• People grieve next to a makeshift memorial of flowers and balloons next to the Sandy Hook Elementary school sign in Sandy Hook, Connecticut, Dec. 15, 2012.
  • A woman covers her mouth as others look on stand near candles outside Saint Rose of Lima Roman Catholic Church near Sandy Hook Elementary School on Dec. 14, 2012.
  • A young girl is given a blanket after being evacuated from Sandy Hook Elementary School following a shooting in Newtown, Connecticut, Dec.14, 2012.

Democratic Senator Richard Durbin spoke on Fox News Sunday.

"Are there guns that really should not be sold across America?  Military assault weapons, such as the one that was involved in this horrific incident in Connecticut?  Are there high-capacity ammunition clips that really have no value whatsoever when it comes to sporting, hunting, even self-defense?" asked Durbin.

Gun rights supporters say the answer is not to infringe on Americans’ right to bear arms.  Republican Congressman Louis Gohmert, who also appeared on Fox, said, "A free people should be an armed people.  It ensures against the tyranny of the government," he said.

Gohmert argued that the problem is not a nation awash in firearms, but a citizenry that is not armed enough.  He said lives could have been saved at Sandy Hook if teachers carried guns to school.

"Hearing the heroic stories of the principal, I wish to God she had had an M-4 [assault rifle] in her office.  So when she hears gunfire, she pulls it out, so she would not have to lunge, heroically, with nothing in her hands," he said.

About half of U.S. households have at least one gun.  There are more than 200 million privately-owned firearms in the nation.  Friday, President Obama spoke of the need to address gun violence, but did not lay out any immediate recommendations for doing so.

Related video by Pete Fedynsky

You May Like

Could Nemtsov Threaten Putin in Death as in Life?

Dynamic and debonair opposition leader had supported liberal economic reforms, criticized Russian president's aggression in Ukraine More

Oil Smuggling Highlights Challenges in Shutting Down IS Finances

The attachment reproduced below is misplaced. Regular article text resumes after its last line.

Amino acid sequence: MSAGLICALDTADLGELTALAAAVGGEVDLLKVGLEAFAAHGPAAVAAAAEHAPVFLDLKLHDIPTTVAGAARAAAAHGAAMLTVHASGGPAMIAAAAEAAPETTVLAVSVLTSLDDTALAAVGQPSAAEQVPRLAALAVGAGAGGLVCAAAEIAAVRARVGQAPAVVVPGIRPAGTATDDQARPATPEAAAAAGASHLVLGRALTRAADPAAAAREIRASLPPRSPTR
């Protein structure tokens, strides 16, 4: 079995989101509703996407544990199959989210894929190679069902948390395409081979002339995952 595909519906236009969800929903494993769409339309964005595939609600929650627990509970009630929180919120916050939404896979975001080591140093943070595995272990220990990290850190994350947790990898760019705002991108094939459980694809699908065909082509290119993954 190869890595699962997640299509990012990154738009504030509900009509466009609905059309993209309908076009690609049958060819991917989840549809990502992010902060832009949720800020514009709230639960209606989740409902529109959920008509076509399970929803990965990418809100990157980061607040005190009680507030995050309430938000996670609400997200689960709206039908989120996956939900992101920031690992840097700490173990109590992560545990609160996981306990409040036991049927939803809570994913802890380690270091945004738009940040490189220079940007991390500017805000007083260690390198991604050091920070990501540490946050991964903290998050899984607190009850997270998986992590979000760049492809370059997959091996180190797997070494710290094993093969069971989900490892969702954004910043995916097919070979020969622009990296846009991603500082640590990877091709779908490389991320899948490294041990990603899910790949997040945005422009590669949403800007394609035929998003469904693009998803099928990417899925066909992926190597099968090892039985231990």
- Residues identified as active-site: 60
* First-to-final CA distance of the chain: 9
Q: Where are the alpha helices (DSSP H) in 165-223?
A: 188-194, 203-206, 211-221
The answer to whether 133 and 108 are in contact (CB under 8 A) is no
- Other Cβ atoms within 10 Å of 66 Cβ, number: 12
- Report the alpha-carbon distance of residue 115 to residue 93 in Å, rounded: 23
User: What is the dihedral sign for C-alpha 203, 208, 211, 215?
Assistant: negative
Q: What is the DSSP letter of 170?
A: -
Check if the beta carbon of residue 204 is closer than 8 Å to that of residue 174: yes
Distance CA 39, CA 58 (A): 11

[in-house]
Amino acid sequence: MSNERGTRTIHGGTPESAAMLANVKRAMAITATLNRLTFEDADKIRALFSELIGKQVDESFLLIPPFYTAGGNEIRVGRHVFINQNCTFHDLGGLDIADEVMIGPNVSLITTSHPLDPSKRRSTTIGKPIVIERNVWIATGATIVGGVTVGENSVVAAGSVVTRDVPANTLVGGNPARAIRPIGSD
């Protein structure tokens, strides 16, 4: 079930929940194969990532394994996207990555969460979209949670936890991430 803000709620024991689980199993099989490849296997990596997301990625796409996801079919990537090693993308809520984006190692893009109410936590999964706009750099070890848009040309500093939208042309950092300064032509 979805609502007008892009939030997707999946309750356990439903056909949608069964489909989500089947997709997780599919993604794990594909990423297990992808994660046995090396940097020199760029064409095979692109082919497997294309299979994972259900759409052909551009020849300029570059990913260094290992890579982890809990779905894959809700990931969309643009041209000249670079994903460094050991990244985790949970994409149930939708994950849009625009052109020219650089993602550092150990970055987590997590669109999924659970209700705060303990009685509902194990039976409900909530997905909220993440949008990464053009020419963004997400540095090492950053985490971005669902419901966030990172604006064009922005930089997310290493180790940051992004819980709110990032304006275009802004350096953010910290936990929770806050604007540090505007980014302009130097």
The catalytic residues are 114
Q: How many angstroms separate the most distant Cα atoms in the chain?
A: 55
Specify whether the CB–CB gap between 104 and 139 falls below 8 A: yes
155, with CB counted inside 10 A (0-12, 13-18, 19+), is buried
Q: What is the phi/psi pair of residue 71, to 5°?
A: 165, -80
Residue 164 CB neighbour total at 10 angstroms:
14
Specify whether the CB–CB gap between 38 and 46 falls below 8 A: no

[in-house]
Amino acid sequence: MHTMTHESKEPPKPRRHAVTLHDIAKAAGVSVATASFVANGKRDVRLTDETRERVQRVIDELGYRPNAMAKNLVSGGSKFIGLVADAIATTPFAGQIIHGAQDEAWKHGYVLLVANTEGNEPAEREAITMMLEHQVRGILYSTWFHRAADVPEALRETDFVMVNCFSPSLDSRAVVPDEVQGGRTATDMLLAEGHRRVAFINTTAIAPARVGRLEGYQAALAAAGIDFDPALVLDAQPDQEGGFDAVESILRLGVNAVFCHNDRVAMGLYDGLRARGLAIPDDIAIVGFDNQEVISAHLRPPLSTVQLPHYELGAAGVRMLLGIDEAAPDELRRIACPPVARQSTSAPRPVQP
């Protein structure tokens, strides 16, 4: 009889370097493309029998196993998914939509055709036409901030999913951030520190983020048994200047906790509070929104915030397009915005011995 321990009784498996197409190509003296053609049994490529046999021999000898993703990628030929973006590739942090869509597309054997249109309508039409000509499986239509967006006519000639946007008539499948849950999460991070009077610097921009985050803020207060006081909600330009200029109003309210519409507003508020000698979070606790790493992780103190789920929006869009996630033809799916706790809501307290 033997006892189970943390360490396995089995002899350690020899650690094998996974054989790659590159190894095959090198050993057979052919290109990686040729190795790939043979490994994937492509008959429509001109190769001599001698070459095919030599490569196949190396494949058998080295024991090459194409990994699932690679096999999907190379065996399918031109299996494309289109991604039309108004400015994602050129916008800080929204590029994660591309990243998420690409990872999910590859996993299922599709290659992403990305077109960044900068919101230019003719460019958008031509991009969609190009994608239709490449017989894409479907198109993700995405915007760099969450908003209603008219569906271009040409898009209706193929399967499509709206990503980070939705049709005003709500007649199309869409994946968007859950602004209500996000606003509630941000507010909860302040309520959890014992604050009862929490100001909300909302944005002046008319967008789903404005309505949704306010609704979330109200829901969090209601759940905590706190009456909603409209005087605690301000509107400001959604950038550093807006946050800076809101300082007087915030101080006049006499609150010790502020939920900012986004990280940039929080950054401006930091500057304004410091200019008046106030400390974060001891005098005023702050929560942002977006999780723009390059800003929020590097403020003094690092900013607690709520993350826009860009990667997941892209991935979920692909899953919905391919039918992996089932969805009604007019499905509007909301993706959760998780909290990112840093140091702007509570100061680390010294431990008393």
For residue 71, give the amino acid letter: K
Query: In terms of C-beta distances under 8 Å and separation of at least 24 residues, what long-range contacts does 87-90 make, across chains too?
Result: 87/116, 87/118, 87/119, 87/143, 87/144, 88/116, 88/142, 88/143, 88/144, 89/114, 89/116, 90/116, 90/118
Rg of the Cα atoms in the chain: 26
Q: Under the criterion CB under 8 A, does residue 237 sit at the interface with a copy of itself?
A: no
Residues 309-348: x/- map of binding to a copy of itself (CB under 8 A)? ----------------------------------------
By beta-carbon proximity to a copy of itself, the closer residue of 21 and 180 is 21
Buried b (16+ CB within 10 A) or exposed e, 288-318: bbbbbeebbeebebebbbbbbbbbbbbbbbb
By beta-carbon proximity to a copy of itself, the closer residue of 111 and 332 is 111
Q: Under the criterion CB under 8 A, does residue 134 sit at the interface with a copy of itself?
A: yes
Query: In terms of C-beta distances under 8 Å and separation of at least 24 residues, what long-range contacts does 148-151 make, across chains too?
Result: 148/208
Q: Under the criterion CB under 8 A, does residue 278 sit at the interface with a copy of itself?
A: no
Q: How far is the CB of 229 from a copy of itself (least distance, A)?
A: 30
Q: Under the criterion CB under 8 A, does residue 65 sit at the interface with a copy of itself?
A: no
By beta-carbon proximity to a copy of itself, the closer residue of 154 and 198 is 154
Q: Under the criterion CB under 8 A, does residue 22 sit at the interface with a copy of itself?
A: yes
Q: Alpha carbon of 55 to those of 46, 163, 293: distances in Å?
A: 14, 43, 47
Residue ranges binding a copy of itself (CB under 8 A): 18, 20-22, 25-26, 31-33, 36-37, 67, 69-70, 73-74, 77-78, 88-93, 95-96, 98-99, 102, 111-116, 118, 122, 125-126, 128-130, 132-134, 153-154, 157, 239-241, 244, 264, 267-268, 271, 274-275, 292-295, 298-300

Pentagon spokesman says Islamic State 'certainly continues to get revenue from the oil industry black market' but that airstrikes have made a dent More

India Focuses on Infrastructure, Investment to Propel Economy

Government expects economy to grow at 8 to 8.5 percent in next fiscal year More

This forum has been closed.
Comment Sorting
Comments page of 2
 Previous    
by: Jim from: CT
December 16, 2012 4:46 PM
Did I just read what I think I did?

"A free people should be an armed people. It ensures against the tyranny of the government." !?!?!?

"Hearing the heroic stories of the principal, I wish to God she had had an M-4 [assault rifle] in her office." !?!?!?!?

It's this type of talk that leads to people taking the law into their own hands and making it unsafe for anyone to walk anywhere.

All I can say is..."Wow."

by: Meadowoman from: Southeast Arizona
December 16, 2012 4:13 PM
The war being fought is not with weapons, it is in the barrage of violence, selfish thought processes, and no values that has been released unfettered for the past twenty years on the minds of our youth. Nations or individuals wishing to deconstruct our society have figured something of extreme importance out. We as concerned citizens have not. This generation is revealing the impact of 1/2 second skits and constant warmongering in video gaming, public television, cartoons, and childrens programming. Weapons have been among us forever. Take them away and the kids will use knives, as shown overseas in China. We must understand that "freedom of speech and the media" must be passed through the sieve of "what promotes or disturbs the values of a peaceful society." Everyone overlooks the slapstick shows that have replaced those which taught values thirty and forty years ago as inconsequential. Clearly they are not. We have begun to see a generation who has no moral compass, desensitized to shooting others in the face as "entertainment," who must wade through much to develop a sense of what is right and wrong within themselves amongst a society that does not always feel so inclined. If we want to see who we are at war with, see who it is creating Anime' and funding all the shows that erode family and social values. Take THEIR weapons away. Stop giving our country's enemies unfettered access to our homes and our childrens minds.
In Response

by: ThingsUnseen
December 17, 2012 1:57 AM
f we as a country choose to glorify violence through music, video games, and movies, do we necessarily have the right to cry out when violence glorifies itself through us???

by: Mary from: Memphis
December 16, 2012 2:19 PM
Just what can Potus do at this time? His beliefs are not traditional.
Come soon Lord Jesus
In Response

by: Priya from: India
December 17, 2012 6:16 AM
The second amendment must be re-looked. Comparisons can be made with countries (whether developed or developing) which have strict laws regarding possessions of guns “legally”. As per statistics in those countries, death due to gun fires annually are way lower than in the US and shootings in schools unheard of or nil till date.
In Response

by: Timothy from: Wadley
December 17, 2012 1:21 AM